CaltechAUTHORS
  A Caltech Library Service

From γ to Radio: The Electromagnetic Counterpart of GW170817

Nakar, Ehud and Gottlieb, Ore and Piran, Tsvi and Kasliwal, Mansi M. and Hallinan, Gregg W. (2018) From γ to Radio: The Electromagnetic Counterpart of GW170817. Astrophysical Journal, 867 (1). Art. No. 18. ISSN 1538-4357. https://resolver.caltech.edu/CaltechAUTHORS:20181025-105425169

[img] PDF - Published Version
See Usage Policy.

694Kb
[img] PDF - Submitted Version
See Usage Policy.

659Kb

Use this Persistent URL to link to this item: https://resolver.caltech.edu/CaltechAUTHORS:20181025-105425169

Abstract

The gravitational waves from the first binary neutron star merger, GW170817, were accompanied by a multiwavelength electromagnetic counterpart, from γ-rays to radio. The accompanying γ-rays seem at first to confirm the association of mergers with short gamma-ray bursts (sGRBs). The common interpretation was that we see an emission from an sGRB jet seen off-axis. However, a closer examination of the subluminous γ-rays and the peculiar radio afterglow was inconsistent with this simple interpretation. Here we present results of 3D and 2D numerical simulations that follow the hydrodynamics and emission of the outflow from a neutron star merger, form its ejection and up to its deceleration by the circum-merger medium. Our results show that the current set of γ-rays, X-rays, and radio observations can be explained by the emission from a mildly relativistic cocoon material (Lorentz factor ~2–5) that was formed while a jet propagated through the material ejected during the merger. The γ-rays are generated when the cocoon breaks out from the engulfing ejecta, while the afterglow is produced by interaction of the cocoon matter with the interstellar medium. The strong early UV/optical signal may be a Lorentz-boosted macronova/kilonova. The fate of the jet itself is currently unknown, but our full-electromagnetic (EM) models define a path to resolving between successful and choked jet scenarios, outputting coupled predictions for the image size, morphology, observed time-dependent polarization, and light-curve behavior from radio to X-ray. The predictive power of these models will prove key in interpreting the ongoing multifaceted observations of this unprecedented event.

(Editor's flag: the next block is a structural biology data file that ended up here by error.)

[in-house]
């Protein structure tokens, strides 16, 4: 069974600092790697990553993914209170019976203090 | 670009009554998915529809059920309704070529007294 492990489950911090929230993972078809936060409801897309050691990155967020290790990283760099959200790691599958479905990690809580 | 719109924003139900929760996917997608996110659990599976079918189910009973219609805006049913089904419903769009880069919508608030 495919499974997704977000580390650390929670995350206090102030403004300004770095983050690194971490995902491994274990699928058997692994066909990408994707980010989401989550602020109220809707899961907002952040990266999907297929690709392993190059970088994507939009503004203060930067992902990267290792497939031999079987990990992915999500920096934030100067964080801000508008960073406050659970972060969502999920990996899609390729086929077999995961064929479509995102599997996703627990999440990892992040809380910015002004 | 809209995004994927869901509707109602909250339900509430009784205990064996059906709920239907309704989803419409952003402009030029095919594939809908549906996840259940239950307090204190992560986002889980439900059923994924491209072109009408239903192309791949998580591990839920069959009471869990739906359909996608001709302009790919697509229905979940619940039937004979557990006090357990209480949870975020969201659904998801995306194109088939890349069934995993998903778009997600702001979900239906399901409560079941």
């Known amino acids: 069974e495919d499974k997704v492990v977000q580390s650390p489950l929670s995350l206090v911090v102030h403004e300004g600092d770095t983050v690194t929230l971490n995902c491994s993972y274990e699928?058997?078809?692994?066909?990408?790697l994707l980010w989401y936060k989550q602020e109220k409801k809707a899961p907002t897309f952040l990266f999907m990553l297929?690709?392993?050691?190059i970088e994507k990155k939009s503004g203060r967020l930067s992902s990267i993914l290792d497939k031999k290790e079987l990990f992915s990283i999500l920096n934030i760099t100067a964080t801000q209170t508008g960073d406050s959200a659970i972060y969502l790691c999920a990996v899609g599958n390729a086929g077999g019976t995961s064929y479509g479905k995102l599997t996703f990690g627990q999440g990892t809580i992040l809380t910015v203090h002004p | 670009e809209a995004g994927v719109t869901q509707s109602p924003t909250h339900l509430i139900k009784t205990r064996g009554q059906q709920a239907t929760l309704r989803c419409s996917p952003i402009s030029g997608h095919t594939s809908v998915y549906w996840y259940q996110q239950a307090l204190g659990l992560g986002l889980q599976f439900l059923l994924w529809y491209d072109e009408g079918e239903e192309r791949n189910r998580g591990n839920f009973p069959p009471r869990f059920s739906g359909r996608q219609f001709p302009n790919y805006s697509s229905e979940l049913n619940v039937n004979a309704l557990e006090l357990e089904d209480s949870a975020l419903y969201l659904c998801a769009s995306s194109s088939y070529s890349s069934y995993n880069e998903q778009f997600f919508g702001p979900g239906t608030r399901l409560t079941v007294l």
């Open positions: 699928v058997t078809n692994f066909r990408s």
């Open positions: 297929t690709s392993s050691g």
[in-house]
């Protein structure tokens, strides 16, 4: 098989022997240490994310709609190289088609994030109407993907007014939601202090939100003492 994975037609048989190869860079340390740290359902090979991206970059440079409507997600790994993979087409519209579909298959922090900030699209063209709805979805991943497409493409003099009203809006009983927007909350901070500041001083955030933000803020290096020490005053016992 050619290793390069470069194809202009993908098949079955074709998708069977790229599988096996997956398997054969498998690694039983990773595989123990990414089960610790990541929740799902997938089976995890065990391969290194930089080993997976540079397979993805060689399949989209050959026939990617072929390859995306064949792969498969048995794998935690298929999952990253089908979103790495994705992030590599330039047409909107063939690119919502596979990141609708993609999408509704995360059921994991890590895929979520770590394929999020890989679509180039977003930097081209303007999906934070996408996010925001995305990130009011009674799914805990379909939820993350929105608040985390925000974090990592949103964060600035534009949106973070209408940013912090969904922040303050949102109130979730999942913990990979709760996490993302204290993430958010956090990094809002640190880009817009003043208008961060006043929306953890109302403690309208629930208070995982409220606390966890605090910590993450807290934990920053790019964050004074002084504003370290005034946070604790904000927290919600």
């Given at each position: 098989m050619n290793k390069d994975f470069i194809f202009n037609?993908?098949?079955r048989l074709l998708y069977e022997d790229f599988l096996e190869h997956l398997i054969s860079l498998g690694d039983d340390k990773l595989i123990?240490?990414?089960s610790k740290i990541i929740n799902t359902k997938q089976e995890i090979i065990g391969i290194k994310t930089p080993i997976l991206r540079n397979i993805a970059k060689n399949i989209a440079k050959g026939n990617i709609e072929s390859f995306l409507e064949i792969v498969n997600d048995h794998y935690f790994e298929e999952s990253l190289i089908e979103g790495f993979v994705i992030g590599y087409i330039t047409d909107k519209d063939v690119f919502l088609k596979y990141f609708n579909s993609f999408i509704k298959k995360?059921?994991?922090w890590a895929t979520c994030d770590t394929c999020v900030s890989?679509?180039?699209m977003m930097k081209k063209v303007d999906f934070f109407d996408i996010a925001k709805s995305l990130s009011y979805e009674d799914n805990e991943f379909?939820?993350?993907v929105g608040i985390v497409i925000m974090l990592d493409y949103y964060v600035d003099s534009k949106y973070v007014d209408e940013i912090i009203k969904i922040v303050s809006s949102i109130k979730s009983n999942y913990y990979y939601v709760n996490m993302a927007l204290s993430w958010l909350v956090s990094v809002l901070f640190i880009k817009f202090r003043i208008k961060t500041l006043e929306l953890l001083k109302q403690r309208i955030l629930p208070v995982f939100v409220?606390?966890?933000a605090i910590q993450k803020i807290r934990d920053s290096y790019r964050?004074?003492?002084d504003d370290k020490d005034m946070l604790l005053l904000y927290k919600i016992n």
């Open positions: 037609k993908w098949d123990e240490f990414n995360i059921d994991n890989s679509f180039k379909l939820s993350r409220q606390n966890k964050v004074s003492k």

Item Type:Article
Related URLs:
URLURL TypeDescription
https://doi.org/10.3847/1538-4357/aae205DOIArticle
https://arxiv.org/abs/1803.07595arXivDiscussion Paper
ORCID:
AuthorORCID
Nakar, Ehud0000-0002-4534-7089
Gottlieb, Ore0000-0003-3115-2456
Piran, Tsvi0000-0002-7964-5420
Kasliwal, Mansi M.0000-0002-5619-4938
Hallinan, Gregg W.0000-0002-7083-4049
Additional Information:© 2018 The American Astronomical Society. Received 2018 March 23; revised 2018 August 31; accepted 2018 September 11; published 2018 October 25. This research was supported by the I-Core center of excellence of the CHE-ISF. O.G. and E.N. were partially supported by an ERC starting grant (GRB/SN) and an ISF grant (1277/13). T.P. was partially supported by an advanced ERC grant TReX and by a grant from the Templeton foundation.
Group:Astronomy Department
Funders:
Funding AgencyGrant Number
Israel Science Foundation1277/13
European Research Council (ERC)UNSPECIFIED
John Templeton FoundationUNSPECIFIED
Subject Keywords:gamma-ray burst: individual (GRB 170817A) – gravitational waves – stars: neutron
Issue or Number:1
Record Number:CaltechAUTHORS:20181025-105425169
Persistent URL:https://resolver.caltech.edu/CaltechAUTHORS:20181025-105425169
Official Citation:Ehud Nakar et al 2018 ApJ 867 18
Usage Policy:No commercial reproduction, distribution, display or performance rights in this work are provided.
ID Code:90414
Collection:CaltechAUTHORS
Deposited By: Tony Diaz
Deposited On:25 Oct 2018 18:06
Last Modified:09 Mar 2020 13:18

Repository Staff Only: item control page